Oil leaks are a common issue and it can range from light vapours to slicks on your driveway. However, they’re usually caused by valve cover seals, oil sump gasket, oil filter housing, and Vanos unit seals – all of which are pretty straightforward fixes, budget about RM 1,700 to change all of these.
The power steering system is another common point for leakage; commonly found on the steering rack itself (RM 1,400 for a full refurbishment) or the hoses running to/from the reservoir (under RM 300 to replace). As for the transmission, check for leaks where the transmission meets the engine and on transmission sump itself – repairs can cost anywhere between RM 400 to RM 1,300.
It’s particularly noteworthy, there were two distinct versions of four-cylinder engines offered in the E46 3 Series – the pre-facelift’s (M43B19) 1.9-litre SOHC 8-valve and the facelift model’s (N42B20) 2.0-litre DOHC 16-valve with Valvetronic (variable valve lift). Though the latter was a highly efficient engine – it’s known to be more sensitive due to poor oil scavenging/circulation and sealing between engine and cooling system. The Valvetronic systems places high-demands on the oiling system and usage of the right oil grade, failure of which causes engine problems down the line.
In contrast, the archaic M43B19 8-valver is a far simpler engine and thus more robust. Aside from small oil leaks (oil sump and cam cover) these engines are known to cover over 500,000 km with basic and timely maintenance. Therefore, it is highly recommended over the newer N42 for a first-time BMW owner. Ensure the condition of the ignition coil pack and leads (Original replacement is RM1,400).
This is perhaps the weakest point of the E46, and common culprits are the coolant expansion tank, thermostat housing, radiator inlet tanks, and the plastic adapters for hoses, it is highly advised that you replace these items as a precautionary measure – RM 1,400 should cover the replacement of all these items. A new radiator (if required) will cost around RM 850 for an OEM replacement (RM 1,550 for an original replacement), but used radiators can be found for approximately RM 450.
Wheels, tyres and brakes
Check for scratches and gashes on the wheels – roughly RM 450 to refurbish at a competent shop. Check for uneven wear on the tyres, an indicator of improper alignment, or worn out bushes. Also check for scouring on the brake discs and worn brake pads – your mechanic should be able to tell you. Budget around RM 1,600 for a complete OEM replacement of the brake system components, original items will likely cost double.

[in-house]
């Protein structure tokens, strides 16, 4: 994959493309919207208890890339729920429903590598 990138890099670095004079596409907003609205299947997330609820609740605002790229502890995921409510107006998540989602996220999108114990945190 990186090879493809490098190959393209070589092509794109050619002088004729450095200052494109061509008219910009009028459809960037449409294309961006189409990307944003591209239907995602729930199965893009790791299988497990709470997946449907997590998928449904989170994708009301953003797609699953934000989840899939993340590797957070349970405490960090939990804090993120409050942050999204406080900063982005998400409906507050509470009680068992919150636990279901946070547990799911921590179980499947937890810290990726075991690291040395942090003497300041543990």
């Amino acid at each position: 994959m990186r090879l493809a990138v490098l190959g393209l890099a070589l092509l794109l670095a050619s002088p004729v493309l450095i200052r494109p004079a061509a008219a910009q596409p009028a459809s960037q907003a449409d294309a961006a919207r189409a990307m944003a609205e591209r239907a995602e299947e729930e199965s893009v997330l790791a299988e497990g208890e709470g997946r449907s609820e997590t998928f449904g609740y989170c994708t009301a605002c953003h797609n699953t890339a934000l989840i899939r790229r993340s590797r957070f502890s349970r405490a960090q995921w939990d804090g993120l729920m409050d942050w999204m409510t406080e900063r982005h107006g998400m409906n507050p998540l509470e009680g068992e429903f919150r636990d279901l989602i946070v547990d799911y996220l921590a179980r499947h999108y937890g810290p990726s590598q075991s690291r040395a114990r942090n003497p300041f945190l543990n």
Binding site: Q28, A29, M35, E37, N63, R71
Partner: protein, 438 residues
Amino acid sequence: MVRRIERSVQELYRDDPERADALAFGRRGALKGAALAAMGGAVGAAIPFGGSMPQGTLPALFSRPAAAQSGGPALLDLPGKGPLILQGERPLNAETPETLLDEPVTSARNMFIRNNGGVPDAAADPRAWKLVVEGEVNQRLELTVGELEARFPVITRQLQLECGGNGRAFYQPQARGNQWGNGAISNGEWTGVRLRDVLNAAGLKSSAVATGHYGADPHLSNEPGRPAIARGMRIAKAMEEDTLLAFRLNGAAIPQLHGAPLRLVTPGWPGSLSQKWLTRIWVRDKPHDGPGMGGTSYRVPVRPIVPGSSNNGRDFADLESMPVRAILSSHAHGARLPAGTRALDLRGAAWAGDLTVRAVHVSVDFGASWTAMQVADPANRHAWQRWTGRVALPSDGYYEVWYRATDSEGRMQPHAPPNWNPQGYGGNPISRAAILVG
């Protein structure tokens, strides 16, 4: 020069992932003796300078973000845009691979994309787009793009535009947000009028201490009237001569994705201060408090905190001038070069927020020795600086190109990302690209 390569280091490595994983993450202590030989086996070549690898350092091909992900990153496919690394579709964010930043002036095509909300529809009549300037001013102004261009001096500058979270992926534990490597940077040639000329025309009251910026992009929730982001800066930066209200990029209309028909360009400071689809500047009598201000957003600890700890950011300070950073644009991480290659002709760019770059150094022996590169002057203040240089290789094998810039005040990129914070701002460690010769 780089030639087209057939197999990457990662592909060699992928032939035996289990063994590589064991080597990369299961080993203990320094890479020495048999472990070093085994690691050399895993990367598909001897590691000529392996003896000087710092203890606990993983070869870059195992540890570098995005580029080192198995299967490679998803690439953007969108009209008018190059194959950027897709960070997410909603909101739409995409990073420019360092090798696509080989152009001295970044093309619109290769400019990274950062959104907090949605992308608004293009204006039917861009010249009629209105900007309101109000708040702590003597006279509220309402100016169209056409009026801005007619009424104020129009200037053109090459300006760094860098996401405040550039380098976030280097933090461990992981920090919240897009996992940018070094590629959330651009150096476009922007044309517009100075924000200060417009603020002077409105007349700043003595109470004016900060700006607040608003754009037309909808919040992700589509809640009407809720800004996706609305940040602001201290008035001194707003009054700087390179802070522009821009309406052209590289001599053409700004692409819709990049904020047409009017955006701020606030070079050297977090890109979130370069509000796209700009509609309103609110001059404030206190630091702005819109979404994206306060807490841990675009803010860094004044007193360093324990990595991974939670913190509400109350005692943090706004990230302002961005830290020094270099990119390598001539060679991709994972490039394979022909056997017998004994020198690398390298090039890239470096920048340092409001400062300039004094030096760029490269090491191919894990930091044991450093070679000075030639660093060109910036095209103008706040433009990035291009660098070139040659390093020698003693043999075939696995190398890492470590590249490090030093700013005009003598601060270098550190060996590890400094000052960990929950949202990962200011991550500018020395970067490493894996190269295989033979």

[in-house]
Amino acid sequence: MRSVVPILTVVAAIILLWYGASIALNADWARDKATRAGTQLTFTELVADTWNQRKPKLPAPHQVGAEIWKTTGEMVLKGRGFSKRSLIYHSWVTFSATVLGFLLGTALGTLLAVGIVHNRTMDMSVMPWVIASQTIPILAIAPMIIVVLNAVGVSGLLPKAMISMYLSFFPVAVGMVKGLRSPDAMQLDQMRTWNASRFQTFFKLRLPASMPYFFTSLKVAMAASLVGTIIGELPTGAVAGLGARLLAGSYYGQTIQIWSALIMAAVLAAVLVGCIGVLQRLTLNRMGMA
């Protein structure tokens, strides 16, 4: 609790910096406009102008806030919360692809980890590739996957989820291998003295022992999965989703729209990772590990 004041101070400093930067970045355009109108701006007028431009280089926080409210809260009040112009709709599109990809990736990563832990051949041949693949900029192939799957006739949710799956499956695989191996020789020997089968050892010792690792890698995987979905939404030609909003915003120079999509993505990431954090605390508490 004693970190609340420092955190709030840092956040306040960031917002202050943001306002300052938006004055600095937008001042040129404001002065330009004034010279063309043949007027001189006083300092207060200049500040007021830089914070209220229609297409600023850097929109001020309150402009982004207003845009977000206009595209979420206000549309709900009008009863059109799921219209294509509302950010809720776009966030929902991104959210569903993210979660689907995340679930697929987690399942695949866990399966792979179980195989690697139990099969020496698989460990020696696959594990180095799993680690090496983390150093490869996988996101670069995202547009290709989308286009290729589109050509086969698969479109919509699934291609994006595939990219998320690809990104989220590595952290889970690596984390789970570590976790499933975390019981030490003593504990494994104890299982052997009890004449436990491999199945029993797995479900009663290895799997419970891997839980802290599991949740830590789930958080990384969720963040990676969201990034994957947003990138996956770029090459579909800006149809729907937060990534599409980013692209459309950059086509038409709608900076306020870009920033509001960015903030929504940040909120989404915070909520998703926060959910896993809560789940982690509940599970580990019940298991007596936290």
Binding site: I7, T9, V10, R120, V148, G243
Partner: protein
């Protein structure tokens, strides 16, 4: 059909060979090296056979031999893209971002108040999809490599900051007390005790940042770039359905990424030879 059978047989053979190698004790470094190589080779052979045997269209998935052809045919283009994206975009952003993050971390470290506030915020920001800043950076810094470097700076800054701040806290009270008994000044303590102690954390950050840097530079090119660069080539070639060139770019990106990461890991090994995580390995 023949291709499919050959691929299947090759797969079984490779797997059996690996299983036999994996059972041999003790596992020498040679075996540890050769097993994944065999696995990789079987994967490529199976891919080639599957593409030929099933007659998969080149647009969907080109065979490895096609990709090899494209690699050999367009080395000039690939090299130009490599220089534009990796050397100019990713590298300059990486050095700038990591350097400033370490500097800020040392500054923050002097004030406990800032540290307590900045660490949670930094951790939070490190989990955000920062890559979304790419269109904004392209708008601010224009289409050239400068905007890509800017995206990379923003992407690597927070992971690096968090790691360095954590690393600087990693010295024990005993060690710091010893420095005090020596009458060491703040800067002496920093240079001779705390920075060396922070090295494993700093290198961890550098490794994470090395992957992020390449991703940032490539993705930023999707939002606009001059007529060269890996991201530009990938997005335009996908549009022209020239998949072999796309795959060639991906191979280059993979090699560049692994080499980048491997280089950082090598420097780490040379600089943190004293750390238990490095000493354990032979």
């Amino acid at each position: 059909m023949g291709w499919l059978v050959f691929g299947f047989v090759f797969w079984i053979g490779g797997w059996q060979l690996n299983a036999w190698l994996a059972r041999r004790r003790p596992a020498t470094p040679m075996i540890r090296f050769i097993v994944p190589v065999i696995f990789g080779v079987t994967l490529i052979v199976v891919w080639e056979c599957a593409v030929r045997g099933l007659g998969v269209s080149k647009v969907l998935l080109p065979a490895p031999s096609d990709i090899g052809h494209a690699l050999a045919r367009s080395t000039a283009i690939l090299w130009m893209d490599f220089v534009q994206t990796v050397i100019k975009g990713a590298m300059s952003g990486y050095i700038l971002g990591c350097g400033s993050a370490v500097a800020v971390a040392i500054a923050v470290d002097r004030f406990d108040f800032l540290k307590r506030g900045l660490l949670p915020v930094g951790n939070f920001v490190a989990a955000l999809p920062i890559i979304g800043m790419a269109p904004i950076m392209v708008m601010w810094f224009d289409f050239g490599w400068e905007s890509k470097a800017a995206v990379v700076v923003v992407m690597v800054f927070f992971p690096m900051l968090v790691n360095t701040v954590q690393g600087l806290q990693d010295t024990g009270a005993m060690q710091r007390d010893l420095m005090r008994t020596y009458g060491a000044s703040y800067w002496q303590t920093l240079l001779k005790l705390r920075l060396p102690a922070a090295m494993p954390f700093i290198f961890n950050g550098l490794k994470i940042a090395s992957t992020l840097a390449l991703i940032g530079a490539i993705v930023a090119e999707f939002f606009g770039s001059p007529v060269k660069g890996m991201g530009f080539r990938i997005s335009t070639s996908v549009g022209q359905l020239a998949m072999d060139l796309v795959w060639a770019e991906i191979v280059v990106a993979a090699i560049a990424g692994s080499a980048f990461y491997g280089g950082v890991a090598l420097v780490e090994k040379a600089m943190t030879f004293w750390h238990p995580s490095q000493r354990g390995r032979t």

Regular culprits are worn out lower arm bushes and ball joints as well as worn out steering rods, look out for lacklustre steering, increased free play and the a ‘crashy’ ride (especially at the front) – repairs can range from RM 900 for replacement of selected items to RM 4,500 for a complete overhaul of the suspension bushes. A soft ‘boaty’ ride typically means worn out absorbers – typically between RM 1,600 for OEM replacements to RM 3,000 for original replacement, used items are also readily available if in a pinch.
Whilst it may seem like there is a lot to look out for – these are not uncommon for vehicles approaching 20 years old. Moreover, the best way to enjoy your BMW (and what it can do) is to know that important components have been checked and replaced, giving the vehicle a clean bill of health. Despite the common misconceptions that BMWs are unreliable, more often than not, it’s a case a chequered maintenance history, and not the car itself.
A greater testament of BMW build quality is the number of older BMWs that are still found on the roads today – if they were that bad, owners simply would not keep them running. However, this is why they do – on any given Sunday morning, with the windows down and the air cool, a good track on the radio, and feel some steering between your hands, there is one BMWs do better than most... offer sheer driving pleasure.